76. Van der Vaart, A.W.: Asymptotic Statistics (Cambridge Series in Statistical and Probabilistic Mathematics), vol. 3. Cambridge University Press, Cambridge (2000)

    Google Scholar 

  77. Von Luxburg, U.: A tutorial on spectral clustering. Stat. Comput. 17(4), 395–416 (2007)

    MathSciNet  Google Scholar 

  78. Vovk, V., Gammerman, A., Shafer, G.: Algorithmic Learning in a Random World. Springer, New York (2005)

    MATH  Google Scholar 

  79. Wang, J.-L., Chiou, J.-M., Müller, H.-G.: Review of functional data analysis. Annu. Rev. Stat. Appl. 3, 257–295 (2016)

    Google Scholar 

  80. Wasserman, L.: All of Nonparametric Statistics. Springer, New York (2006)

    MATH  Google Scholar 

  81. Wasserman, L.: Topological data analysis. Annual Review of Statistics and Its Application 5, 501–532 (2016)

    MathSciNet  Google Scholar 

  82. Worsley, K.J.: The geometry of random images. Chance 9(1), 27–40 (1996)

    Google Scholar 

  83. Yuan, K.-H.: A theorem on uniform convergence of stochastic functions with applications. J. Multivar. Anal. 62(1), 100–109 (1997)

    MathSciNet  MATH  Google Scholar 

  84. Zhu, X.: Persistent homology: an introduction and a new text representation for natural language processing. In: IJCAI, pp. 1953–1959 (2013)

  85. Zomorodian, A.J.: Topology for Computing. Cambridge Monographs, vol. 16. Cambridge University Press, Cambridge (2005)

    MATH  Google Scholar 

Download references

Acknowledgements

Berry acknowledges support from NSF DMS 1812055 and DMS 1945639. Berry and Fasy acknowledge supported by NIH and NSF under Grant Numbers NSF DMS 1664858 and NSF DMS 1557716, as well as the research teams at MSU and Tulane University working on the prostate cancer histology project. Chen is supported by NIH U01 AG016976 and NSF DMS 1810960. Cisewski-Kehe thanks the Yale Center for Research Computing for guidance and use of the research computing infrastructure. Cisewski-Kehe and Fasy acknowledge support from NSF under Grant Numbers DMS 1854220 and 1854336. Fasy is additionally supported by NSF CCF 1618605.

Author information

Affiliations

Authors

Corresponding author

Correspondence to Brittany Terese Fasy.

Ethics declarations

Conflict of interest

On behalf of all authors, the corresponding author states that there is no conflict of interest.

Additional information

Publisher's Note

Springer Nature remains neutral with regard to jurisdictional claims in published maps and institutional affiliations.

Appendices

A Proofs

The proofs from the propositions of Sect. 3 are presented below.

Proof of Proposition 1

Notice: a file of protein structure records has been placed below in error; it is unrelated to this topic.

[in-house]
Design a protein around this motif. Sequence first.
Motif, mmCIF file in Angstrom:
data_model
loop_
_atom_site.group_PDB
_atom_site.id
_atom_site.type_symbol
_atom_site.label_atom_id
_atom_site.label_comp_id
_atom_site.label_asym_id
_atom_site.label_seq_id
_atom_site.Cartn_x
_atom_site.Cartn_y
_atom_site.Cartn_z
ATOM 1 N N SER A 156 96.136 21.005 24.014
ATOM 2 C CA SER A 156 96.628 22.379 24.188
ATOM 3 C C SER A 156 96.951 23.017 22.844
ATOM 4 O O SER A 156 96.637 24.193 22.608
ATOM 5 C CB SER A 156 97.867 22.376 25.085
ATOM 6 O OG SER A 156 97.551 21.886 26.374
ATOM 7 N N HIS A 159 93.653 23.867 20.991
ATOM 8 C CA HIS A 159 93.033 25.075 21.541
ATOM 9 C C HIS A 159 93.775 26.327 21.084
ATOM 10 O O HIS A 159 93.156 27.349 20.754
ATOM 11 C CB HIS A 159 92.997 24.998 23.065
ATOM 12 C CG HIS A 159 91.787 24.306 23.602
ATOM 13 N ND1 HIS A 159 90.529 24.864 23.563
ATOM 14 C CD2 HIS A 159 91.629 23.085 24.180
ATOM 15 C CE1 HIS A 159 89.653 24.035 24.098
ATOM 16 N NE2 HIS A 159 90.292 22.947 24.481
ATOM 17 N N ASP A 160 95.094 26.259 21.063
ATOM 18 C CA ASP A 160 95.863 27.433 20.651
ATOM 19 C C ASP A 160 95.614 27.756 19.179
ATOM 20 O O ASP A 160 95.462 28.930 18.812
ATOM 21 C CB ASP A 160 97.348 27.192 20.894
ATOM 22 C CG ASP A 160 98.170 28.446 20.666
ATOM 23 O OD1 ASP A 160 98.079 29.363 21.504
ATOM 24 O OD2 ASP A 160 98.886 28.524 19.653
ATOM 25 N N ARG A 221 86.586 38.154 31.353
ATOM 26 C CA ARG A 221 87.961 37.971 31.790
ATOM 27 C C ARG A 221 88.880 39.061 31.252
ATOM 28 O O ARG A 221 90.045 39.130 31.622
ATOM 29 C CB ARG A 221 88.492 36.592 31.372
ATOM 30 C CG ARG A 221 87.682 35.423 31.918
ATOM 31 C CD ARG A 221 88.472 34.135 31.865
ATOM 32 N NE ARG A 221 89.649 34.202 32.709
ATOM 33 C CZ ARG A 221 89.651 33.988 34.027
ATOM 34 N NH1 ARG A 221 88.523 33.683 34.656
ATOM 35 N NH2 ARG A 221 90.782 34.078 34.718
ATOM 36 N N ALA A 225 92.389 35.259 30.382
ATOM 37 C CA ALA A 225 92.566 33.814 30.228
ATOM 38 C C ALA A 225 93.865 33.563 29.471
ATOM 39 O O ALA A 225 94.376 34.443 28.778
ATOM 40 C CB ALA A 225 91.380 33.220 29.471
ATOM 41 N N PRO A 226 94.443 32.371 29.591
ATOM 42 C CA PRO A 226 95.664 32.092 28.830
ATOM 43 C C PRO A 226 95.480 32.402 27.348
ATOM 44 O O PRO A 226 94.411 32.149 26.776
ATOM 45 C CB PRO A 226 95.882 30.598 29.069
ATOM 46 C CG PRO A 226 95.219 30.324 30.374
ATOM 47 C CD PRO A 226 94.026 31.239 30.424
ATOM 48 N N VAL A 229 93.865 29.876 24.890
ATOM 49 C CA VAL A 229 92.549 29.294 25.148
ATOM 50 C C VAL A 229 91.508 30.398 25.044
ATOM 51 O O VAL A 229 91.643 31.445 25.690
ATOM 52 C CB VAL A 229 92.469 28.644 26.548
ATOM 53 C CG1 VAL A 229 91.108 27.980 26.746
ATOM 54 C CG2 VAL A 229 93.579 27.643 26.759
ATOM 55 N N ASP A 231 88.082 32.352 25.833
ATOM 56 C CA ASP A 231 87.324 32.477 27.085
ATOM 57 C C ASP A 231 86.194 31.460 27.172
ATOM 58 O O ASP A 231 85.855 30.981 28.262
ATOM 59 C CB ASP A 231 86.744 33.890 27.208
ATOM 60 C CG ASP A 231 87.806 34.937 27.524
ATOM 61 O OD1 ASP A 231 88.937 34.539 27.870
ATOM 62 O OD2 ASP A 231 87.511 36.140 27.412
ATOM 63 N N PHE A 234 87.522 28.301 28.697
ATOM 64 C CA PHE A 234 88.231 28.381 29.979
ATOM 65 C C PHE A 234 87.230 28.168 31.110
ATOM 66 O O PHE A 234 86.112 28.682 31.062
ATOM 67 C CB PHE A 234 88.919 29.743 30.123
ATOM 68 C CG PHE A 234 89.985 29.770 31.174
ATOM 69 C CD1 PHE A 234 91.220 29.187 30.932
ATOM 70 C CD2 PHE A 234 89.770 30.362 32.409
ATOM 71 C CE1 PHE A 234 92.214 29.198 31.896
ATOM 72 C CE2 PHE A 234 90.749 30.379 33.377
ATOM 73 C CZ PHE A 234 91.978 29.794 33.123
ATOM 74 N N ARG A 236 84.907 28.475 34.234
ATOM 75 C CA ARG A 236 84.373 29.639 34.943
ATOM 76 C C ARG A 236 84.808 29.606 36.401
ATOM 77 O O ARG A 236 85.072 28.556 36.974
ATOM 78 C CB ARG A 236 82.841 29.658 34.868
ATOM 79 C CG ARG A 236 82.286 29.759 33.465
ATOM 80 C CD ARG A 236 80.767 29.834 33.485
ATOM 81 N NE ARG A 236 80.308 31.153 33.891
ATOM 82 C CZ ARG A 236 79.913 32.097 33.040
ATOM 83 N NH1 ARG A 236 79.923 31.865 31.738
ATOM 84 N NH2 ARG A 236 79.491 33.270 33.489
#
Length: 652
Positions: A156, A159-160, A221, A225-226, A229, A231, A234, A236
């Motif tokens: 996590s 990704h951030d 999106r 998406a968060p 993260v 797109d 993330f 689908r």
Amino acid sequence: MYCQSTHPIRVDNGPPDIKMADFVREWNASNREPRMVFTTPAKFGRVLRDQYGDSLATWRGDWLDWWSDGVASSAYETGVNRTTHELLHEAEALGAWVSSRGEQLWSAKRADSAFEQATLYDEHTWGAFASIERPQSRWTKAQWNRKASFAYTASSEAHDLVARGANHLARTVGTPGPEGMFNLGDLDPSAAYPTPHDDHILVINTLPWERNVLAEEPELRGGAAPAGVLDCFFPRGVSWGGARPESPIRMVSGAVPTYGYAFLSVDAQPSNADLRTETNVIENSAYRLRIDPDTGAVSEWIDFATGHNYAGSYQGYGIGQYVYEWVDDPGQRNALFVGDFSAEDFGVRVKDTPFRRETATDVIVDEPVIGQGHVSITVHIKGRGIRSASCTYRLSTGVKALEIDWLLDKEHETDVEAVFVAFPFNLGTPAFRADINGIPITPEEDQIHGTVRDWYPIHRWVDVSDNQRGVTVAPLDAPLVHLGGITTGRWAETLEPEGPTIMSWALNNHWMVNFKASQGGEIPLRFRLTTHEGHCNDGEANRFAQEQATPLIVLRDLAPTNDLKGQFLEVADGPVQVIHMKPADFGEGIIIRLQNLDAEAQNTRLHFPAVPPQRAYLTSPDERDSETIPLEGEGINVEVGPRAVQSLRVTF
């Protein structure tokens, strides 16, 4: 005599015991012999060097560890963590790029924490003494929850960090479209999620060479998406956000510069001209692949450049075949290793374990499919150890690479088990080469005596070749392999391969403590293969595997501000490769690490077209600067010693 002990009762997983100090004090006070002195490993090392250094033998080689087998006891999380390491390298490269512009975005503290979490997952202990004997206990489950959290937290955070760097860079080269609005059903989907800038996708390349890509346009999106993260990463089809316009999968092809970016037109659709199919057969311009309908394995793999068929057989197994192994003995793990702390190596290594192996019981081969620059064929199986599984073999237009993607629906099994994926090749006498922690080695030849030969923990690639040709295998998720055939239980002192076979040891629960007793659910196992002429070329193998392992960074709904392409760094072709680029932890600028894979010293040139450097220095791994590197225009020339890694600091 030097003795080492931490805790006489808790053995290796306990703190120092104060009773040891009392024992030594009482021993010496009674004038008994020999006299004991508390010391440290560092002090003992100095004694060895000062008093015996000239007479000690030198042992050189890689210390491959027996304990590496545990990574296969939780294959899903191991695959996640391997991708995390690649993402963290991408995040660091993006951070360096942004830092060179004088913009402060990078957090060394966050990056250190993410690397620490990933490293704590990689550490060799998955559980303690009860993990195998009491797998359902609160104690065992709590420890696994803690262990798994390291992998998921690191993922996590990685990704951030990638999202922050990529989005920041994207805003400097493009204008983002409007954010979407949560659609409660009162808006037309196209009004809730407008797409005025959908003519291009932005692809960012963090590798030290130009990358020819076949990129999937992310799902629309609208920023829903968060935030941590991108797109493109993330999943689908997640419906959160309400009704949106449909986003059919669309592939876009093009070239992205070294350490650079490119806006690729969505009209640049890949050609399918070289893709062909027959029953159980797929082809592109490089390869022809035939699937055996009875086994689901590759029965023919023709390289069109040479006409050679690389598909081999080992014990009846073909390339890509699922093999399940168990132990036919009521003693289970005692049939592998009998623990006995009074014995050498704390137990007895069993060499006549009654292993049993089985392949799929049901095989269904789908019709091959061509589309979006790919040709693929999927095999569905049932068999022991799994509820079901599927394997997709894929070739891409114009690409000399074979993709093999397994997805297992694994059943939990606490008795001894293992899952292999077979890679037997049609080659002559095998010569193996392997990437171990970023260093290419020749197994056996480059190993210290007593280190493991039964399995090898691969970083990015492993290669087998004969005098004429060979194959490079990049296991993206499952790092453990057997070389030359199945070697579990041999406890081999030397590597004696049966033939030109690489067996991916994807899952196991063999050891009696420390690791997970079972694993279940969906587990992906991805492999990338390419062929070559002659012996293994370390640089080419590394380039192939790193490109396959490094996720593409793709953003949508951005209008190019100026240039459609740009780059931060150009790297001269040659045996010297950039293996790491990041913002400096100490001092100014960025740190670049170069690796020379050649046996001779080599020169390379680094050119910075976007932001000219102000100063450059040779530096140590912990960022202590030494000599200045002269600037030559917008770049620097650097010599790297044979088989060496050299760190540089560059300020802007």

This proof uses ideas from Rubin (1956) and Yuan (1997).

Let \(\epsilon >0\) be given and \({\widehat{F}}_n = {\widehat{F}} = \frac{1}{n}\sum _{i=1}^n F_i\). Because \({\mathcal {B}}_F\) is equicontinuous, the collection of differences

$$\begin{aligned} {\mathcal {B}}_{\varDelta } = \{{\widehat{F}}_n - {\bar{F}}:n = 1,2,\ldots \} \end{aligned}$$

is also equicontinuous. Since \({\mathbb {T}}\) is compact, there exists a number \(M>0\) and points \(t_1,\ldots ,t_M\in {\mathbb {T}}\) such that

$$\begin{aligned} \sup _{\varDelta \in {\mathcal {B}}_{\varDelta }} \min _{j =1,\ldots ,M}|\varDelta (t)-\varDelta (t_j)| < \epsilon /2. \end{aligned}$$

Namely, \(t_1,\ldots ,t_M\) forms a \(\epsilon /2\)-covering of \({\mathcal {B}}_{\varDelta }\).

Let \(\varDelta _n(t) = {\widehat{F}}(t)-{\bar{F}}(t)\), and note that \(\varDelta _n\in {\mathcal {B}}_{\varDelta }\). Then

$$\begin{aligned} \sup _{t\in {\mathbb {T}}}|{\widehat{F}}(t)-{\bar{F}}(t)|&= \sup _{t\in {\mathbb {T}}}|\varDelta _n(t)|\\&\le \sup _{t\in {\mathbb {T}}} \min _{j\in 1,\ldots ,M} |\varDelta _n(t)-\varDelta _n(t_j)| + \sup _{j\in 1,\ldots ,M} |\varDelta _n(t_j)|\\&\le \epsilon /2 + \sup _{j\in 1,\ldots ,M} |\varDelta _n(t_j)|. \end{aligned}$$

By (5), every \(t\in {\mathbb {T}}\) satisfies \({{\mathbb {E}}}|F_i(t)|<\infty \) so by the strong law of large numbers,

$$\begin{aligned} |\varDelta _n(t_j)| \overset{a.s.}{\rightarrow } 0 \end{aligned}$$

for every \(j=1,\ldots ,M\) and this implies that for any \(\delta >0\), there exists \(N>0\) such that

$$\begin{aligned} P\left( \sup _{n\ge N}|\varDelta _n(t_j)|>\frac{\epsilon }{2M}\right) <\frac{\delta }{M} \end{aligned}$$

for every \(j=1,\ldots ,M\).

As a result,

$$\begin{aligned} P\left( \sup _{t\in {\mathbb {T}}}|{\widehat{F}}(t)-{\bar{F}}(t)|>\epsilon \right)&\le P\left( \epsilon /2 + \sup _{j\in 1,\ldots ,M} |\varDelta _n(t_j)|>\epsilon \right) \\&\le P\left( \sup _{n\ge N} \sup _{j\in 1,\ldots ,M}|\varDelta _n(t_j)|>\frac{\epsilon }{2}\right) \\&\le \sum _{j=1}^M P\left( \sup _{n\ge N}|\varDelta _n(t_j)|>\frac{\epsilon }{2M}\right) \le \delta \end{aligned}$$

and the result follows. \(\square \)

Proof of Corollary 1

The case of persistence landscapes is just a special case of the generalized landscape so we will only prove the case of persistence intensity and generalized landscape. Note that Chazal et al. (2014) already show that persistence silhouettes with a power-weighted silhouette is 1-Lipschitz so the equicontinuity follows so we ignore this case.

Persistence intensity Given a persistence diagram \({\textsf {D}}\), the persistence intensity is the function

$$\begin{aligned} F(t,s;{\textsf {D}})={\mathbb {F}}({\textsf {D}};t,s) = \frac{1}{\left| {\textsf {D}}\right| }\sum _{j=1}^{\left| {\textsf {D}}\right| }\omega (d_j-b_j) \cdot K\left( \frac{\sqrt{|b_j-t|^2+|d_j-s|^2}}{h}\right) , \end{aligned}$$

Thus, for any \((t_1,s_1)\) and \((t_2,s_2)\),

$$\begin{aligned} \left| F(t_1,s_1;{\textsf {D}}) - F(t_2,s_2;{\textsf {D}}) \right|&= \left| \frac{1}{\left| {\textsf {D}}\right| }\sum _{j=1}^{\left| {\textsf {D}}\right| }\omega (d_j-b_j) \cdot \left\{ K\left( \frac{\sqrt{|b_j-t_1|^2+|d_j-s_1|^2}}{h}\right) \right. \right. \\&\quad \left. \left. - K\left( \frac{\sqrt{|b_j-t_2|^2+|d_j-s_2|^2}}{h}\right) \right\} \right| \\&\le \sup _{a,b\in {\mathbb {T}}}\Vert \omega (a,b)\Vert \times \left| K\left( \frac{\sqrt{|b_j-t_1|^2+|d_j-s_1|^2}}{h}\right) \right. \\&\quad \left. - K\left( \frac{\sqrt{|b_j-t_2|^2+|d_j-s_2|^2}}{h}\right) \right| \\&\le \sup _{a,b\in {\mathbb {T}}}\Vert \omega (a,b)\Vert L_0 \cdot \frac{\sqrt{(t_1-t_2)^2+(s_1-s_2)^2}}{h}, \end{aligned}$$